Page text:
(Not ME/CFS-specific) How does diagnosis go wrong?


Senior Member
I previously highlighted "How psychiatrists think" (cognitive errors they make, etc) - an interesting free paper I thought (see: http://www.forums.aboutmecfs.org/sh...ts-think-quot-(cognitive-errors-they-make-etc) )

I have just read a slightly frustrating piece from the BMJ
When no diagnostic label is applied
Roger Jones,1 Kevin Barraclough,2 Christopher Dowrick3
- frustrating as they are trying to plug the diagnosis, medically unexplained physical symptoms (MUPS).

Anyway, it has the following which I think is interesting:
How does diagnosis go wrong?

Misdiagnosis can occur in two directions. Firstly, the doctor may conclude incorrectly that a patient does not have a condition to which a diagnostic label should be attached, or for which treatment is needed, and hence allow undiagnosed symptoms to persist, such as gastro-oesophageal reflux causing non-cardiac chest pain or chronic cough. Conversely, the doctor may confer a formal diagnosis on the patients symptoms, despite the absence of adequate evidence of a recognisable medical disorder, such as making a diagnosis of vertebrobasilar insufficiency in a patient with vague unsteadiness. A sense of pressure to make a specific diagnosis can come from patients, from fear of litigation if a disease is missed,11 or from the expected role of general practitioners as identifiers of disease.12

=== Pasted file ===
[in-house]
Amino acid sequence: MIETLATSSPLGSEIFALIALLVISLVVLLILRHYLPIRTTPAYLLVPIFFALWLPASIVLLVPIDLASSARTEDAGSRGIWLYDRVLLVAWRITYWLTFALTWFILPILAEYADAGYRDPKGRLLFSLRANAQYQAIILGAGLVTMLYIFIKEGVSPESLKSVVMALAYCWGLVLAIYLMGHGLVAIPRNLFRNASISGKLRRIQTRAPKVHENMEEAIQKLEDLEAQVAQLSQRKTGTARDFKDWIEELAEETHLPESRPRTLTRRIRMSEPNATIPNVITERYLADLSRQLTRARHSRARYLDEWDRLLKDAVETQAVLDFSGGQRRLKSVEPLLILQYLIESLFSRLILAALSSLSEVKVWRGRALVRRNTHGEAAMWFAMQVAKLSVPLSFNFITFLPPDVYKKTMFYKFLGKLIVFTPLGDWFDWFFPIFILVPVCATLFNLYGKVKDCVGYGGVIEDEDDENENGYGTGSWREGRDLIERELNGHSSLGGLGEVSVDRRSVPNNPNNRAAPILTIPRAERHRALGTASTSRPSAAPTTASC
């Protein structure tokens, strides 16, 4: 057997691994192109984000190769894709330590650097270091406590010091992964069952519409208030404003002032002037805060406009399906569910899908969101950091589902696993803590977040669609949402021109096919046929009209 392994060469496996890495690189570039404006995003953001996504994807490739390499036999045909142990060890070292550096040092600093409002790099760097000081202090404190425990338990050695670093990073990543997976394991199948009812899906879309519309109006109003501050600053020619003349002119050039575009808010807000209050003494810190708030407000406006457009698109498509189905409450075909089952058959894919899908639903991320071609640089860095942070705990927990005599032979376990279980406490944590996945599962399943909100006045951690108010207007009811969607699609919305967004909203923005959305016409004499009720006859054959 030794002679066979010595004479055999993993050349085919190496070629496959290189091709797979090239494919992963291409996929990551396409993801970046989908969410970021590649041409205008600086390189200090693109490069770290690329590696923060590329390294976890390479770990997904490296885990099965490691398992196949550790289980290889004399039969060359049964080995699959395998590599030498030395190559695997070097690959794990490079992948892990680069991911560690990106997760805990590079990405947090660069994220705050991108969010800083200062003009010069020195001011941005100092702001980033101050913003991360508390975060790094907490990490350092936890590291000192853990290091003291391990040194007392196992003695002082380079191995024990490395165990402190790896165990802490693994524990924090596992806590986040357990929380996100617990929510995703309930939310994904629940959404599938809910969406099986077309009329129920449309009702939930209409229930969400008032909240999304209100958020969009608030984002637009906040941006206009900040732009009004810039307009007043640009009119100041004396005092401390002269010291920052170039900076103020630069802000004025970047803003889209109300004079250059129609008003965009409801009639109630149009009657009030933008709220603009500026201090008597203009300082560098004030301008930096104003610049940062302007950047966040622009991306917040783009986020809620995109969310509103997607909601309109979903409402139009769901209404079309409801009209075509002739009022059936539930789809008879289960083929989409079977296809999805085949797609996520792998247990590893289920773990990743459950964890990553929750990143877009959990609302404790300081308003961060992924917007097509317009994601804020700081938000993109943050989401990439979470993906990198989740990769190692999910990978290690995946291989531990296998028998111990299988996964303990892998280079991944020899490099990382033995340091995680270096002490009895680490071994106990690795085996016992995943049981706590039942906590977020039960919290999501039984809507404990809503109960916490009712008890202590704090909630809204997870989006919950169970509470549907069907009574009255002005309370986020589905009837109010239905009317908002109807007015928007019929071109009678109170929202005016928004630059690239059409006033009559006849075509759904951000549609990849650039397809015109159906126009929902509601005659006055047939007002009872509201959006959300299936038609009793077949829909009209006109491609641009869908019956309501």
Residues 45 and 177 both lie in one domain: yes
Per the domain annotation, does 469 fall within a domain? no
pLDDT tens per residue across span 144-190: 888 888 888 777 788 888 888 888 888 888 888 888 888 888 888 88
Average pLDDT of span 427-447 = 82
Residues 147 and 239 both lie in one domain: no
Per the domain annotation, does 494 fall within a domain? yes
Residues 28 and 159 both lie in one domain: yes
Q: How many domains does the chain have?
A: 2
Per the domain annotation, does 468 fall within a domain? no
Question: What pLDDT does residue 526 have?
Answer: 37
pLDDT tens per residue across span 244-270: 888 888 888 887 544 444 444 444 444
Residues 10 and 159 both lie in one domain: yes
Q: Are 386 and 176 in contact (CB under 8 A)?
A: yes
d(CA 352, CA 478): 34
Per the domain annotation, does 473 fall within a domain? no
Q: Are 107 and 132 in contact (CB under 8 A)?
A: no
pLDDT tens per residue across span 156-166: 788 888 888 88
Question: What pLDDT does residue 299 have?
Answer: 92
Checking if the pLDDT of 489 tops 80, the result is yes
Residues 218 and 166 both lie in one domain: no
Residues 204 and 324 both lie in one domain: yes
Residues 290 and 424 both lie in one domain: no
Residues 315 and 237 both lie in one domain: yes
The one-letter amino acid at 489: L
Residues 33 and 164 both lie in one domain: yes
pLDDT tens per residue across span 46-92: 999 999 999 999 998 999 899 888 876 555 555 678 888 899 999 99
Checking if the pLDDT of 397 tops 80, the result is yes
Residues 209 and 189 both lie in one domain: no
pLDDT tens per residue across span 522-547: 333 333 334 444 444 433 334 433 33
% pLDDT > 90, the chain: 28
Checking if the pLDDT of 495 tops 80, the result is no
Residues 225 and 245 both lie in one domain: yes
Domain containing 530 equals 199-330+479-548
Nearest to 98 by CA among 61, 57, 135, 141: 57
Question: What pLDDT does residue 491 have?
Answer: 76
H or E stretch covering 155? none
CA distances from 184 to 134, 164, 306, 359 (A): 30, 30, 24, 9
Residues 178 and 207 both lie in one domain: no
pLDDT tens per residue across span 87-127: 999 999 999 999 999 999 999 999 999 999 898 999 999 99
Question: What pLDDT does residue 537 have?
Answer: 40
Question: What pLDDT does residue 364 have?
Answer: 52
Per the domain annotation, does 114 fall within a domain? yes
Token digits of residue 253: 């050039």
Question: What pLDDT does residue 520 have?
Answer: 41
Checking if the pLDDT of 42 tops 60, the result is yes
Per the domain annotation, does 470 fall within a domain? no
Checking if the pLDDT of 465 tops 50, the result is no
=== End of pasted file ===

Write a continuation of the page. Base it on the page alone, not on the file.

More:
Wrong diagnoses in primary care can be caused by atypical and non-specific presentations, very rare conditions, and comorbidity, and also perceptual factors such as failure to observe subtle changes in colour or contour or abnormal swellings13 or gradual changes over time, as sometimes happens with patients with hypothyroidism or acromegaly. Other causes are shown in the box.
Causes of wrong diagnoses in primary care

Cognitive oversightsimply not thinking of the correct diagnosis14for example, forgetting coeliac disease as a cause of iron deficiency anaemia

Failure to gather adequate datafor example, inadequate physical examination for lower bowel symptoms caused by colorectal cancer

Misinterpretation of datafor example, diagnosing gout on the basis of a raised serum urate concentration or excluding it on the basis of normal serum urate.

Anchoringsticking to an initial diagnosis despite disconfirming evidence,15 such as treating fatigue as depression despite evidence of abnormal renal function

Inappropriate confirmationselective use of evidence to confirm an incorrect diagnosis, such as attributing importance to minor abnormalities in laboratory tests as an explanation for fatigue in someone with depression

Premature closurearriving at a conclusive diagnosis before collecting all the data,16 such as diagnosing intermittent (vascular) claudication in a patient with lumbar canal spinal stenosis